Big articulated streamer flies have exceptional movement qualities that makes them appear alive. Photo by Jon Baiocchi.

When it comes to fly selection the new rage is articulated models that have a trailer hook tied off the back of a single hook with heavy wire. This allows the fly extra movement that will make it look more realistic. Some of these flies include the Zoo Cougar, Bellyache Minnow, and the Circus Peanut. All these flies were created by Kelly Galloup, a master tier and streamer angler from Montana. Basic single hook streamers include Cone Head Wooly Buggers, Zonkers, and Matukas. Each river is different so you’ll need to investigate which patterns work best on where you plan to fish. Also slow down your strip during periods of cold water, and speed them up with warmer water conditions.

The green Zonker fly is a classic single hook design that gets results. Photo by Jon Baiocchi.

The green Zonker fly is a classic single hook design that gets results. Photo by Jon Baiocchi.

The different presentations I’m going to describe depend on water type, the depth, and the flow. The “swing and strip” is much like swinging standard fly patterns in a river. It is also the old school style of steelhead fishing. The angler casts a presentation at 45 degrees downstream and mends upstream to allow the weighted fly to sink. Keeping the rod level, the angler follows the fly with the rod tip through the swing until directly downstream of their position. At this time the angler then strips the fly upstream aggressively. A large percentage of the grabs are at the end of the swing, and while retrieving the fly upstream. The presentations start with a shorter distance at about 30 feet with each consecutive cast reaching further in 5 foot increments. When a section of water is thoroughly covered, the angler then takes 10 steps downstream and repeats the above procedures. This technique has been successful for me on the Madison River in Montana where I have hooked numerous trout in the 20 to 24” range and two large browns that went 28”, and 33”.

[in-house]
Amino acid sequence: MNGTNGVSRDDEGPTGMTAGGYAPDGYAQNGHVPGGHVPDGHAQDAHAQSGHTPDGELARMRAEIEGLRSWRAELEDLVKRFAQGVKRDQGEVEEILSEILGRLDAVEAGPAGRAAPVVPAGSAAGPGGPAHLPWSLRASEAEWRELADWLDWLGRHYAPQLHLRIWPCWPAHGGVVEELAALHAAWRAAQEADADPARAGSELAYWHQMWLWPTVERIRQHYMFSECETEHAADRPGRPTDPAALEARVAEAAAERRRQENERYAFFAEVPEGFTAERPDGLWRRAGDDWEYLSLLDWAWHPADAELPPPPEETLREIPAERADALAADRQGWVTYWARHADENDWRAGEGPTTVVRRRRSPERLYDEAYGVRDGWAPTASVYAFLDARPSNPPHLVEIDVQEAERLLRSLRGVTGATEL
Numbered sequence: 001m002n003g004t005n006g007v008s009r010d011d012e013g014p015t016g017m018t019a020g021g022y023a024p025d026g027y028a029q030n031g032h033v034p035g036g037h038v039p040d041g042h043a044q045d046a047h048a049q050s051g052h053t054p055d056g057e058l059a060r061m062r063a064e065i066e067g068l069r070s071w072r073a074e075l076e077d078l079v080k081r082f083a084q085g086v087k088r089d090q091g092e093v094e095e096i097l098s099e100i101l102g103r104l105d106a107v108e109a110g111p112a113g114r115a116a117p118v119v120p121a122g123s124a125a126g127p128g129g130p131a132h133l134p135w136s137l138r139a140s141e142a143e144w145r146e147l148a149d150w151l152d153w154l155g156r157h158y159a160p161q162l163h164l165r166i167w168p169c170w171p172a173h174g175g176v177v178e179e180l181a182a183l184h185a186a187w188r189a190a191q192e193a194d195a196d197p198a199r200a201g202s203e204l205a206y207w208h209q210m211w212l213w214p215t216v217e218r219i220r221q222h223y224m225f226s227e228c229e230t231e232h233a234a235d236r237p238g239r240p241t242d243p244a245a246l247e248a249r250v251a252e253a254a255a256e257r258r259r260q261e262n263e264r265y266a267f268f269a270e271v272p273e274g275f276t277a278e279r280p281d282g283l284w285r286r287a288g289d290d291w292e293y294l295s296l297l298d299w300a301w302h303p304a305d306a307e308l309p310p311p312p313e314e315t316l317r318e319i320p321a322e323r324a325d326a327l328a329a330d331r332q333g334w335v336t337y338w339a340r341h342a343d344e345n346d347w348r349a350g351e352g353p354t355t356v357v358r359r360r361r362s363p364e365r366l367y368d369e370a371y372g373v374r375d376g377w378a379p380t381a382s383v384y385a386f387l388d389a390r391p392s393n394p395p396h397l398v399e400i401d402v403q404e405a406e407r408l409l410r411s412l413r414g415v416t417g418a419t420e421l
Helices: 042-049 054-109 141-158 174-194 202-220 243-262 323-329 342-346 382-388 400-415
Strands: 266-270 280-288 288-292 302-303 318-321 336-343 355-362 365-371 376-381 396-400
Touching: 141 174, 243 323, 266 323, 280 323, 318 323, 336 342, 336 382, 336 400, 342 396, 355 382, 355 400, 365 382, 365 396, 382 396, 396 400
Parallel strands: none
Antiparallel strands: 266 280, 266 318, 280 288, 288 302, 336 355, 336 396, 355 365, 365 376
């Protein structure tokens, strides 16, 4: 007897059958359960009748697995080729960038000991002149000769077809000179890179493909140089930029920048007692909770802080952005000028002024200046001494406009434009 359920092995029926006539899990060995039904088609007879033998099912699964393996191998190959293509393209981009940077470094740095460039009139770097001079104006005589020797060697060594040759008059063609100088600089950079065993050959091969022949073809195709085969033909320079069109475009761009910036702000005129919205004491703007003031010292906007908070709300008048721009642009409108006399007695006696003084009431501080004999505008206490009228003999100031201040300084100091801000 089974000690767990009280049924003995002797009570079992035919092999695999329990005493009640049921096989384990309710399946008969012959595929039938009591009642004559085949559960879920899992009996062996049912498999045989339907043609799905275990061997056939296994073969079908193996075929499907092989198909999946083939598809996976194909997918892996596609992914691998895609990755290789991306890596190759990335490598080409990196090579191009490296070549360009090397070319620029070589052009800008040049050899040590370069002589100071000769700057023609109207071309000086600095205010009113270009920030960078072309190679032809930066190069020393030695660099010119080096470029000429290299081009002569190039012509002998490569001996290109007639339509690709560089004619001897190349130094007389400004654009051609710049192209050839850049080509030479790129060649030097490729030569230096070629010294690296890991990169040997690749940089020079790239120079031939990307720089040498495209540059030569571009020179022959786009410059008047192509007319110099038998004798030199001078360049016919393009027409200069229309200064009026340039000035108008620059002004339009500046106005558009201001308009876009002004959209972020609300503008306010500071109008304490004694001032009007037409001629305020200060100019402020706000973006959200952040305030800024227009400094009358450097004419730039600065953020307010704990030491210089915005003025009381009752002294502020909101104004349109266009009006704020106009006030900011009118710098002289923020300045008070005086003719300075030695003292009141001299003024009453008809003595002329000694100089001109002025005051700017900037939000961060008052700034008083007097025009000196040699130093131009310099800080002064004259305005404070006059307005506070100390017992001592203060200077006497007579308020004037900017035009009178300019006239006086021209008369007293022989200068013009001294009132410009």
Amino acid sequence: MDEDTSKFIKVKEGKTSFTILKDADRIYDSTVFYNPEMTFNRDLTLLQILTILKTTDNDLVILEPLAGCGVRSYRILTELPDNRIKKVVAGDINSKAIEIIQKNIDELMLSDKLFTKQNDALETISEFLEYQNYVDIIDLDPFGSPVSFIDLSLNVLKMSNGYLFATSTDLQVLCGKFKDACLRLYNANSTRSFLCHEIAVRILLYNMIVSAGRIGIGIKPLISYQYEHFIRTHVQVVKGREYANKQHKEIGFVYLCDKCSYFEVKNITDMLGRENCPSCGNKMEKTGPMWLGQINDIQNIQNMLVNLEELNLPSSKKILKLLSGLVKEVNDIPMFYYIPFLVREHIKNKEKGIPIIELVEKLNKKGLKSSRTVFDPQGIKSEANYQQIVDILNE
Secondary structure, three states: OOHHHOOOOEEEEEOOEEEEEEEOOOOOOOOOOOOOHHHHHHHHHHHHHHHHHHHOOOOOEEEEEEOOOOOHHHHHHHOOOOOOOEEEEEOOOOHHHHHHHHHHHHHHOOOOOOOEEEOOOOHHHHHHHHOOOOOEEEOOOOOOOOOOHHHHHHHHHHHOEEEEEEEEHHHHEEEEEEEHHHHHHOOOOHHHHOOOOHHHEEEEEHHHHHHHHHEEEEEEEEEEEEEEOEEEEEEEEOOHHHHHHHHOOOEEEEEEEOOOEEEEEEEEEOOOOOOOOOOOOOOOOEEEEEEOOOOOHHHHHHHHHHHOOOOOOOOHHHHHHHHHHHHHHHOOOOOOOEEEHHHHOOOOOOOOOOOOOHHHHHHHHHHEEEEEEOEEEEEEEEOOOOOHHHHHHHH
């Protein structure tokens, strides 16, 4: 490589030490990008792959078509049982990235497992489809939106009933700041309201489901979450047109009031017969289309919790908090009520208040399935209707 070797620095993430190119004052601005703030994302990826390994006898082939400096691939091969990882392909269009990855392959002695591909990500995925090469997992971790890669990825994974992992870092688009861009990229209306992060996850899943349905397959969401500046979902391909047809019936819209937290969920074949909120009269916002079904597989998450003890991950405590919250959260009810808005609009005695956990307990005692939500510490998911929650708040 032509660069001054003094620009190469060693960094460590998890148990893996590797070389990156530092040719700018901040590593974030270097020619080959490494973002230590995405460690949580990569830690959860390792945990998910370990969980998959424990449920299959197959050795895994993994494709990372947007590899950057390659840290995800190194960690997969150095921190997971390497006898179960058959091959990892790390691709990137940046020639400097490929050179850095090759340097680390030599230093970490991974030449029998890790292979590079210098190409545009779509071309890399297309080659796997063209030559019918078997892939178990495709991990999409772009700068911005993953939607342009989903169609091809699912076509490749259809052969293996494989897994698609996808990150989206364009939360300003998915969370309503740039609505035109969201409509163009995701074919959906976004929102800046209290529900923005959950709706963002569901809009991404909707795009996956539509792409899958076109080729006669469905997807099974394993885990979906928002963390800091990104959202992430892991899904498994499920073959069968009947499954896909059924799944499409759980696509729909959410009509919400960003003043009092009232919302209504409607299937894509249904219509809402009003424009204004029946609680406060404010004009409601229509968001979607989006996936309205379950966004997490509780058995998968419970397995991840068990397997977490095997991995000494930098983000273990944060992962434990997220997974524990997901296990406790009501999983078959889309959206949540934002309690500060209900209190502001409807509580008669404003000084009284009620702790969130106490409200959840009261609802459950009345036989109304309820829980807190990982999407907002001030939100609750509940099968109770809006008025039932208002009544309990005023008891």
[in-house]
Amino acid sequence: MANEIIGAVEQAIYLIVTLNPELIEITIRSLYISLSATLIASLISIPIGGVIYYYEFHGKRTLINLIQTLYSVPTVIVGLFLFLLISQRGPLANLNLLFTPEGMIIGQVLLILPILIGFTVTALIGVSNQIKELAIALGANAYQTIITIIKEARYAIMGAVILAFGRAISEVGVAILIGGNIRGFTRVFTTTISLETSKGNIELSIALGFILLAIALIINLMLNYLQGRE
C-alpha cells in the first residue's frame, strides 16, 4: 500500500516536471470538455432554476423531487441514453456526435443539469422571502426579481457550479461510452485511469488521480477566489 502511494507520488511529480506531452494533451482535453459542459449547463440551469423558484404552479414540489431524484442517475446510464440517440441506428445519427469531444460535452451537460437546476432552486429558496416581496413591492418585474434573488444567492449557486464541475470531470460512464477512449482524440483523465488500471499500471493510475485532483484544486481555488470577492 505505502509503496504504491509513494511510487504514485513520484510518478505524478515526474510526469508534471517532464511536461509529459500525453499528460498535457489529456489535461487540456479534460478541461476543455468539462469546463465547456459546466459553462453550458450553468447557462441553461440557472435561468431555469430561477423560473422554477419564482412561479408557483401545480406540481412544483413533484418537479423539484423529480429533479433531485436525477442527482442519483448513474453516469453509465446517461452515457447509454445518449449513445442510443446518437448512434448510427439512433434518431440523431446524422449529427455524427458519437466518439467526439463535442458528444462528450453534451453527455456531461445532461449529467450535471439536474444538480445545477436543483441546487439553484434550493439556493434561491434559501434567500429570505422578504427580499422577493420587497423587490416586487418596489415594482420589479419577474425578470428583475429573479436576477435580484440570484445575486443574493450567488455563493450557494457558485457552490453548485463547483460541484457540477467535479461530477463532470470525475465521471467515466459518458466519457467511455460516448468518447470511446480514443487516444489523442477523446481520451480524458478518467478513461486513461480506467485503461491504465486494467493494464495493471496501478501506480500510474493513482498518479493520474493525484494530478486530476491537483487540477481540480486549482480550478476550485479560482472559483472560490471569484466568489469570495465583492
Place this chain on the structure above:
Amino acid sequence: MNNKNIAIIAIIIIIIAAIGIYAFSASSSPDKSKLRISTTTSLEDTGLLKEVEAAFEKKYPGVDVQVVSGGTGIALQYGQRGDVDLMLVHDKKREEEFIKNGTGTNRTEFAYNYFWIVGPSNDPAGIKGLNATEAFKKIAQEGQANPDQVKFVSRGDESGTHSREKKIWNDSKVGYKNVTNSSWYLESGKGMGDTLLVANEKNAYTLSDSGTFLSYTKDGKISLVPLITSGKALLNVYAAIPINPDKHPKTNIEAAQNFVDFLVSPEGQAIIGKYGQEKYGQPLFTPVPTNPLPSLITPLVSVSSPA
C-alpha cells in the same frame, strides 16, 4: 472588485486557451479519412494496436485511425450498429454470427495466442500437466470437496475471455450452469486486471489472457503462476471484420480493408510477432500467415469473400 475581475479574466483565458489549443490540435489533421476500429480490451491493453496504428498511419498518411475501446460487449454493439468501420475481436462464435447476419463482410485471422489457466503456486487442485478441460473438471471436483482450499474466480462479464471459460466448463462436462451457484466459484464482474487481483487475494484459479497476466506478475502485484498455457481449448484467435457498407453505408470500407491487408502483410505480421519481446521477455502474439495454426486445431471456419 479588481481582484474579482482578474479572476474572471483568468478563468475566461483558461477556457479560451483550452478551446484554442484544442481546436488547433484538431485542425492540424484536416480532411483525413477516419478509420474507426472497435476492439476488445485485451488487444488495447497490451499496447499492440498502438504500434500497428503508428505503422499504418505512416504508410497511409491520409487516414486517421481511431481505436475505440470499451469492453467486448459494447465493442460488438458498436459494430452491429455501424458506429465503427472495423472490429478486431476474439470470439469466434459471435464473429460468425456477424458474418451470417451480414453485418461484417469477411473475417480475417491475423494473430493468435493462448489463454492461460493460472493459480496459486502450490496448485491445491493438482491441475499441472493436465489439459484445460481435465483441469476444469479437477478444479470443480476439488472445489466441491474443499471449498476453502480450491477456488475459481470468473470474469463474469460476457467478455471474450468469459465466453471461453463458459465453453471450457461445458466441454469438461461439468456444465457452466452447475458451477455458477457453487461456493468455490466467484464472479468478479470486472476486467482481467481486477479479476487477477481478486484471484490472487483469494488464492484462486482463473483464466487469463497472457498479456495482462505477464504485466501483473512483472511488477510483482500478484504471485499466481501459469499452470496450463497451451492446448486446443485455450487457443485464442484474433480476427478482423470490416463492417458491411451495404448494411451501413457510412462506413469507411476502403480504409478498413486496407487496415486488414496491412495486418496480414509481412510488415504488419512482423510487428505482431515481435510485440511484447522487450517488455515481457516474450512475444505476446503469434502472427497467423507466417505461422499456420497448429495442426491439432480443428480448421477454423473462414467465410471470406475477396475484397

Guide Tayler Wells fooled this Smith River steelhead with an articulated leech pattern. Photo by Shelby Wells.
Guide Tayler Wells fooled this Smith River steelhead with an articulated leech pattern. Photo by Shelby Wells.

Another unorthodox method, which goes completely the opposite train of thought that all fly anglers have learned, is not to mend upstream, but downstream. By using the same presentation as described above, when the line lands on the water the angler uses short mends downstream repeatedly through the entire drift. What this does is gives the fly more action, like a real crippled baitfish or other food item. After the swing is done the fly is stripped back. It sounds weird, but it is very effective.

Brown and yellow streamers with copper flash are deadly on the Truckee River. Photo by Jon Baiocchi.